What is Gutenberg?
Unless you are a WordPress developer you may not have heard of Gutenberg or possibly you have seen the download Gutenberg message on your WordPress Dashboard. Unless you’re a nerd or enjoy dry reading, you probably have no idea what it is.
WordPress is completely overhauling their content editor and the new editor is called Gutenberg. The editing experience has been rebuilt for rich media pages and posts with the flexibility of blocks. If none of this makes sense that is okay. In simple terms, the way you created pages and posts in WordPress in the past is changing to be more flexible but there is a learning curve.
When and will my site break?
As of the time of this writing Gutenberg is not a core part of WordPress but available to try through a downloadable plugin and will be released as a core element in WordPress 5.0 (current WordPress version is 4.9.8). The date is still not set but we are expecting this to be late 2018.
Upon the release of WordPress 5.0 and Gutenberg
Ideally, this will be a worst-case scenario but it will be a tool we have in our back-pocket to address issues that are found after the major change occurs.
How can I Prepare?
With the release of WordPress 5.0 and Gutenberg, your best option is caution. Although most sites will migrate to the new interface with little to no problems there is a concern when thinking about plugin compatibility. If your website has a lot of plugins there is a larger chance that you could have issues with your website.
- Test Out the Gutenberg Editor Plugin BEFORE WordPress 5.0.
Once you update to WordPress 5.0, your post editor automatically updates to Gutenberg.
Talk to your hosting provider about setting up a staging development or staging site (Costs may apply here) and install the Gutenberg plugin. This will not only allow you to see any issues that could be caused by the update to Gutenberg but will also give you time to get familiar with the new content editor and WordPress interface. Test and play as much as you can.
- Backup Your Website
Creating backups of your website on a regular basis is always a good idea. It allows you to protect your website if anything goes wrong. You are able to restore to a backup and only lose content created between the time of the error and the backup. Before updating to WordPress 5 we recommend having a complete backup of your site and database.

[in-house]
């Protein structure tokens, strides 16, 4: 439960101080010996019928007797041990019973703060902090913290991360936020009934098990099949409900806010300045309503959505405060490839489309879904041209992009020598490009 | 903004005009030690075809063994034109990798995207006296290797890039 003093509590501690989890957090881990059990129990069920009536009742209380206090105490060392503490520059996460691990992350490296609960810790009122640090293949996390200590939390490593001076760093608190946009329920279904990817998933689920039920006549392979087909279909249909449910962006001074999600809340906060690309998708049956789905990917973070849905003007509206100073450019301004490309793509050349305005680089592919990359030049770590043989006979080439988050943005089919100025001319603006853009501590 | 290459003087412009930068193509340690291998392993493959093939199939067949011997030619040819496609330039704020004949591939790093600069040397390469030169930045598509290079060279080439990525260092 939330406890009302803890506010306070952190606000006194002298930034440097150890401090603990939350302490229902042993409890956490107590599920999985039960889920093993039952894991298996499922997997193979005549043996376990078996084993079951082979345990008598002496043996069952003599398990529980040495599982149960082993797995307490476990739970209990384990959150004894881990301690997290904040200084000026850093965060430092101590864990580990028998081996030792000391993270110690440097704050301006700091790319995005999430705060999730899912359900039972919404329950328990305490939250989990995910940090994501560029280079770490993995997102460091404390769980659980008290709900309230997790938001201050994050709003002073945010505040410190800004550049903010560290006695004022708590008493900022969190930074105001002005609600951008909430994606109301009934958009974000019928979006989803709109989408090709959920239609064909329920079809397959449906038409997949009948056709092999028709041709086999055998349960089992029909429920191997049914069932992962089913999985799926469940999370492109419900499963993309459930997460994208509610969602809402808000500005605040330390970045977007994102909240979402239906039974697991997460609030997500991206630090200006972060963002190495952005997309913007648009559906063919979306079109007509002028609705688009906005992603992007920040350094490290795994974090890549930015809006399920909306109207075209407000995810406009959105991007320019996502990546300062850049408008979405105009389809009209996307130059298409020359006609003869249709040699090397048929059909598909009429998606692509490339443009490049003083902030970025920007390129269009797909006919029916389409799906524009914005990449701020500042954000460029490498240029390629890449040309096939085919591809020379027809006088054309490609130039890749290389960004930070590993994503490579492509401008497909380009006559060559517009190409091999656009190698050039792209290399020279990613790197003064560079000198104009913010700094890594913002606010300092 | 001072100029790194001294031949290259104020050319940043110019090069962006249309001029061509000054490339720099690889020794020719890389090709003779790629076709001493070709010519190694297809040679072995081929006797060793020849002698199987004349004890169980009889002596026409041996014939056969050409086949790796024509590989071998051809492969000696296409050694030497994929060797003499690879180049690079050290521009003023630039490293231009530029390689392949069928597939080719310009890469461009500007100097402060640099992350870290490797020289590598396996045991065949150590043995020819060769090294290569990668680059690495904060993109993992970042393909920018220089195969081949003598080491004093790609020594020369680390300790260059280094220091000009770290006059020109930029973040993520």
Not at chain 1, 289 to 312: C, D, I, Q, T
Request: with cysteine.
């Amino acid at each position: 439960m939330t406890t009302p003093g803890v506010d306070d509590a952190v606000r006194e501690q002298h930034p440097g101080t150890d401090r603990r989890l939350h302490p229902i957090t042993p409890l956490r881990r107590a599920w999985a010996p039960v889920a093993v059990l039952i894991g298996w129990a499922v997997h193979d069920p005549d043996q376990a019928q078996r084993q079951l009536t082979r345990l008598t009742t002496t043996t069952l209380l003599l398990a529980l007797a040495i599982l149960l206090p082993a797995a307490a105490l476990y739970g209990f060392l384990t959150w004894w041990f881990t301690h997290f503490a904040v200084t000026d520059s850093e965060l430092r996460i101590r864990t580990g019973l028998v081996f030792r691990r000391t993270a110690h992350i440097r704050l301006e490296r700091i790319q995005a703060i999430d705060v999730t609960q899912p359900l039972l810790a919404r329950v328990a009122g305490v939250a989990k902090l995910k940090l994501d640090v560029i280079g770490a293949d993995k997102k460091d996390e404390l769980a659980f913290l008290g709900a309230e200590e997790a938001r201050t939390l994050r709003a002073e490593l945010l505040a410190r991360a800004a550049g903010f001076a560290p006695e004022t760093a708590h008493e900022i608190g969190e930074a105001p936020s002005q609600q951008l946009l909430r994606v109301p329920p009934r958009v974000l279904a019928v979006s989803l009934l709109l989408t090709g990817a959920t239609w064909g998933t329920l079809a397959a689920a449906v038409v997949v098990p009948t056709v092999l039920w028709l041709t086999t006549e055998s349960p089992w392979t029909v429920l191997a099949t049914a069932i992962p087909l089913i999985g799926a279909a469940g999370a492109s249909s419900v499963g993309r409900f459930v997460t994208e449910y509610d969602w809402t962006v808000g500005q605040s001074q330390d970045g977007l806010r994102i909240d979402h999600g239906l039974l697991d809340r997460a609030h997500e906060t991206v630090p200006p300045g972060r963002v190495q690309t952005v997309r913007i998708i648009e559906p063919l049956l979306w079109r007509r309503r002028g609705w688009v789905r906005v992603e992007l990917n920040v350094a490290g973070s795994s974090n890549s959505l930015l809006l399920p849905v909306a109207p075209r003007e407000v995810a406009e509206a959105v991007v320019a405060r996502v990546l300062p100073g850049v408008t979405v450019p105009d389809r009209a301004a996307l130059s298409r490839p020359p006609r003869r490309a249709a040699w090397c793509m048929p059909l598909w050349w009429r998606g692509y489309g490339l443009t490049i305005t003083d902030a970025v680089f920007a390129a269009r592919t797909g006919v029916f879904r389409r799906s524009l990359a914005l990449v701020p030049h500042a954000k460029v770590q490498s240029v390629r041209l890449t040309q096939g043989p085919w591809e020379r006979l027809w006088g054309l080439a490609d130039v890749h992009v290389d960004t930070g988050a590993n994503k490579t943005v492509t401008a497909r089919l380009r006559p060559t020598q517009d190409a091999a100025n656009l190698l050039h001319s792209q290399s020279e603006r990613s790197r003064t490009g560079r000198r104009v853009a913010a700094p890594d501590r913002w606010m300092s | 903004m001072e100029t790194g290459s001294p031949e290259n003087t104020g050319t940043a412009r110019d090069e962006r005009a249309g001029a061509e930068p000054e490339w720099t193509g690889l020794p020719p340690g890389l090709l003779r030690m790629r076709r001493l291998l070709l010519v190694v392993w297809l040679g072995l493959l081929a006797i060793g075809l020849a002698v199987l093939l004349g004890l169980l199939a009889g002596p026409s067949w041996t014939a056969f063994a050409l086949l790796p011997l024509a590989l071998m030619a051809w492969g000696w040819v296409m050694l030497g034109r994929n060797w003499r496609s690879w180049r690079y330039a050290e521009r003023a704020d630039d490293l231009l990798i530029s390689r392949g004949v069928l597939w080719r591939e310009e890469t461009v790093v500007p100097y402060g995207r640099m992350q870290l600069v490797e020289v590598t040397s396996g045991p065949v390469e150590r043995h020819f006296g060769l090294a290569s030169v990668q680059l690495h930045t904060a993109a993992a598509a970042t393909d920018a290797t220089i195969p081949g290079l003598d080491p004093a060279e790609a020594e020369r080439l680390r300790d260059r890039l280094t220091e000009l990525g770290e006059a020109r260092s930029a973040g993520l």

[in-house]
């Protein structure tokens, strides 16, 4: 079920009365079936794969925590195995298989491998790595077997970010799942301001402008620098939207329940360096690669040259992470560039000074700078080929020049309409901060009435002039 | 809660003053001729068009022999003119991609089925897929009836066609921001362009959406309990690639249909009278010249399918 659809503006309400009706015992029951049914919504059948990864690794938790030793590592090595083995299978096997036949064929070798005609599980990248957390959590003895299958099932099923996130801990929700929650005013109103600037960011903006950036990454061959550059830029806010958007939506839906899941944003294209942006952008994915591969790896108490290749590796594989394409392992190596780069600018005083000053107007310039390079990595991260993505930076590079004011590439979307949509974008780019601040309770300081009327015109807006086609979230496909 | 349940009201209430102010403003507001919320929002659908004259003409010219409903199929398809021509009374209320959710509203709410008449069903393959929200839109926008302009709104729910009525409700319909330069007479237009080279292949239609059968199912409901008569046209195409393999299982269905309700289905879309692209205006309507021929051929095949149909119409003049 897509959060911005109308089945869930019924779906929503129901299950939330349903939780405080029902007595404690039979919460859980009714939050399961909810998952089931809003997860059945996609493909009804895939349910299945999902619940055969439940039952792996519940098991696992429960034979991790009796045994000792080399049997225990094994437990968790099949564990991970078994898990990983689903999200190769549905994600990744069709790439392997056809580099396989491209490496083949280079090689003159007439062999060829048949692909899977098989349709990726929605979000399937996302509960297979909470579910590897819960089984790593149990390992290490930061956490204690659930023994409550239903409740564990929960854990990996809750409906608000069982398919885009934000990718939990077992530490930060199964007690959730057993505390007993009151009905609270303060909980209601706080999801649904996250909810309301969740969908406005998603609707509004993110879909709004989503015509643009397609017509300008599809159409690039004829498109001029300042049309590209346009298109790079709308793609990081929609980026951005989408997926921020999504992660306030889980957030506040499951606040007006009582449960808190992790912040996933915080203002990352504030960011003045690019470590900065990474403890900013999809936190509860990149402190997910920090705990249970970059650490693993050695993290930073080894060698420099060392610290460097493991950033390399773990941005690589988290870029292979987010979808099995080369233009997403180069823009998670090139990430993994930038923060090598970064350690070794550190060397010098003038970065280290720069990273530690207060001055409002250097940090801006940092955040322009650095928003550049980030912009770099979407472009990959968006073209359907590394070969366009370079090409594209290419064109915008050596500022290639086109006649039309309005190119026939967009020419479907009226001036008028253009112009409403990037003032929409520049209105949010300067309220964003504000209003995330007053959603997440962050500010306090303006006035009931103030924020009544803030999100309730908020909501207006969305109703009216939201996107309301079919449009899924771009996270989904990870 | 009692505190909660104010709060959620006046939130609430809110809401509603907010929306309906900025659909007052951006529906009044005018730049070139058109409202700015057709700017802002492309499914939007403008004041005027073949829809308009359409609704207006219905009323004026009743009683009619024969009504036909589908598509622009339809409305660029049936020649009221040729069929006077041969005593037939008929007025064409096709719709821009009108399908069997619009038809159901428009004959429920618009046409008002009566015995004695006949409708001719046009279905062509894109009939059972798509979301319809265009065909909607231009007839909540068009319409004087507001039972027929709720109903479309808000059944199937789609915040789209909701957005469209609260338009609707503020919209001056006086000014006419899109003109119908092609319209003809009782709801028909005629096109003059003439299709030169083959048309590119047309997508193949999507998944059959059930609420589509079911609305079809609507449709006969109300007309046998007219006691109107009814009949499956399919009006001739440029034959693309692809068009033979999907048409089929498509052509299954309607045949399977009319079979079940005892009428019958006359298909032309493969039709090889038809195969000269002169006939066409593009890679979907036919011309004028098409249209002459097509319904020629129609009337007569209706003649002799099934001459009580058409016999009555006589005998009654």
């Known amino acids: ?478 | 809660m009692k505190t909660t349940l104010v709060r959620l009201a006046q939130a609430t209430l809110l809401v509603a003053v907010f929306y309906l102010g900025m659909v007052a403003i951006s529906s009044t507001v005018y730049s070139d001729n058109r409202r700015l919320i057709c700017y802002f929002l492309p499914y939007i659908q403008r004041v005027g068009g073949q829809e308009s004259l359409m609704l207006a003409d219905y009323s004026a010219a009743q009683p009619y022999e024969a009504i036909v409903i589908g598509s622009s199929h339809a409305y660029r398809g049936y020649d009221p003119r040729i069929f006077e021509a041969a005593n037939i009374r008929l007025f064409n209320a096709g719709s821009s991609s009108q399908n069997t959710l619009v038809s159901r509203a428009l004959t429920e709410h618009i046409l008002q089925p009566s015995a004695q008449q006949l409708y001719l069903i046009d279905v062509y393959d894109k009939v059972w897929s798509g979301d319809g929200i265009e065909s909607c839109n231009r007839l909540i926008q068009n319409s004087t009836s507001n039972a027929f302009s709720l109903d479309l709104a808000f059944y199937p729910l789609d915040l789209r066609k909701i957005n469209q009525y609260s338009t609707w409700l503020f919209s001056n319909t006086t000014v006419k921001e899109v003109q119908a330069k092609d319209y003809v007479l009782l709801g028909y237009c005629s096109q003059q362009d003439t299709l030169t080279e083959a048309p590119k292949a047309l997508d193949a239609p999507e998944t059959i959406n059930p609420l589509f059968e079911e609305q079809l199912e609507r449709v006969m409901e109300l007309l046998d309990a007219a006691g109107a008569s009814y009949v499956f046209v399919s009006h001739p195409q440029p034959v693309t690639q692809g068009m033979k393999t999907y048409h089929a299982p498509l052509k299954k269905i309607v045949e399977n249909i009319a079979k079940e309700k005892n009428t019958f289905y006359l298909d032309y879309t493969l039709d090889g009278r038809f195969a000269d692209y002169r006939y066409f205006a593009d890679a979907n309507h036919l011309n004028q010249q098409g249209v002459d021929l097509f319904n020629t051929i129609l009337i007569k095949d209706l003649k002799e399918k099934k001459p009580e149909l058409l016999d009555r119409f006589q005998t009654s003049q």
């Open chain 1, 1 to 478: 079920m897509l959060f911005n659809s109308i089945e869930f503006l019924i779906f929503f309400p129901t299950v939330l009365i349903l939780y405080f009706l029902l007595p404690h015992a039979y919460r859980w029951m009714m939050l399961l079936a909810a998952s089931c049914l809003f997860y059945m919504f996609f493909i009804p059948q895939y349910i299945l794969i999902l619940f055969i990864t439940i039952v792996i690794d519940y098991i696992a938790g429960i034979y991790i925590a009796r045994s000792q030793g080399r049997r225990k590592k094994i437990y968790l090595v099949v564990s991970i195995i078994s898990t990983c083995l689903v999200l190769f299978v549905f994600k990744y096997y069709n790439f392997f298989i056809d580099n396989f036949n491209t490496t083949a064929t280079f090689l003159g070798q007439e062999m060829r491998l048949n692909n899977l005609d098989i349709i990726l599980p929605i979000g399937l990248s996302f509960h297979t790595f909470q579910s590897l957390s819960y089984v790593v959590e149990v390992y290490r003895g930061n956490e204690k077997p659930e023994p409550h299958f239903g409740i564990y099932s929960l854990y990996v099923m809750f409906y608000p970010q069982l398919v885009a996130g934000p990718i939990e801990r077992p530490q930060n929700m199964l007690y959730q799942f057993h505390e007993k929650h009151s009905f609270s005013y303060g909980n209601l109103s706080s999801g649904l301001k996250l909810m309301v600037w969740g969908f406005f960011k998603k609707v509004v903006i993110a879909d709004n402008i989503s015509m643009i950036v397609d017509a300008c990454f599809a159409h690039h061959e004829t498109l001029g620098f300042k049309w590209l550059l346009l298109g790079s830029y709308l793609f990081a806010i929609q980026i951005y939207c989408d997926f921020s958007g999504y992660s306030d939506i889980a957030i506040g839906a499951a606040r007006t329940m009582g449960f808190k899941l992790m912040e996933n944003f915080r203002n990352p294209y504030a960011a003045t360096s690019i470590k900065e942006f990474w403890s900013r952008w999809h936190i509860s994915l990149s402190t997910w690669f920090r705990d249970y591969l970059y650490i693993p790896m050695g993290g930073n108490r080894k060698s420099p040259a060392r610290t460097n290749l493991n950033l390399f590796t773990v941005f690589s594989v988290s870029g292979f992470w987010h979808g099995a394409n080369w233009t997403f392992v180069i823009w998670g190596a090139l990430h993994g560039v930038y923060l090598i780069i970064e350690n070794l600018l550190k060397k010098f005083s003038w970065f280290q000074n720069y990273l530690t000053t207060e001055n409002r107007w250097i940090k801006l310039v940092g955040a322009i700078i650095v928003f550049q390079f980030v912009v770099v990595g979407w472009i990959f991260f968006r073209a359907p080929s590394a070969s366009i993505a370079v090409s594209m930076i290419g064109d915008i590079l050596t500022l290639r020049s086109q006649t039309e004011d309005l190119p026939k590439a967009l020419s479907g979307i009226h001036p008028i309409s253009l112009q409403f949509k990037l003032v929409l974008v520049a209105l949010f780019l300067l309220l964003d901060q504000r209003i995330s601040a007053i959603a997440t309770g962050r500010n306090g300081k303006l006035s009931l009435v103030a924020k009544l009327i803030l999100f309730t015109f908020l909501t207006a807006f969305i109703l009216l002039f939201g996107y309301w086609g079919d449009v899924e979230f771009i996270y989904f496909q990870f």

- Keep your WordPress Plugins and core up to date
By updating your plugins regularly you decrease the likelihood that a plugin will be incompatible with WordPress 5.0.
Best Practice: Always update plugins before updating the WordPress Core.
- Make sure your server is running at least PHP 5.6+, MySQL 5.6+. If you are not using the latest version this could be the reason why your plugins are not working correctly. If you are hosted on our servers you are likely already running PHP 7+.
- Audit your site. A regular audit of your website is always a good idea but in preparation for WordPress Gutenberg
,it is a great idea. Review plugins and remove any that are not being used or offer similar functionality to other plugins being used. Popular plugins tend to be updated more regularly and are more likely to be Gutenberg compatible. Once you have removed all of the plugins you do not need look at the plugins that are left. Check the plugin to see when it was last updated, what version of WordPress it was last tested with. If the plugin isn’t updated regularly look for an alternative plugin that can accomplish the same functionality that is more current.
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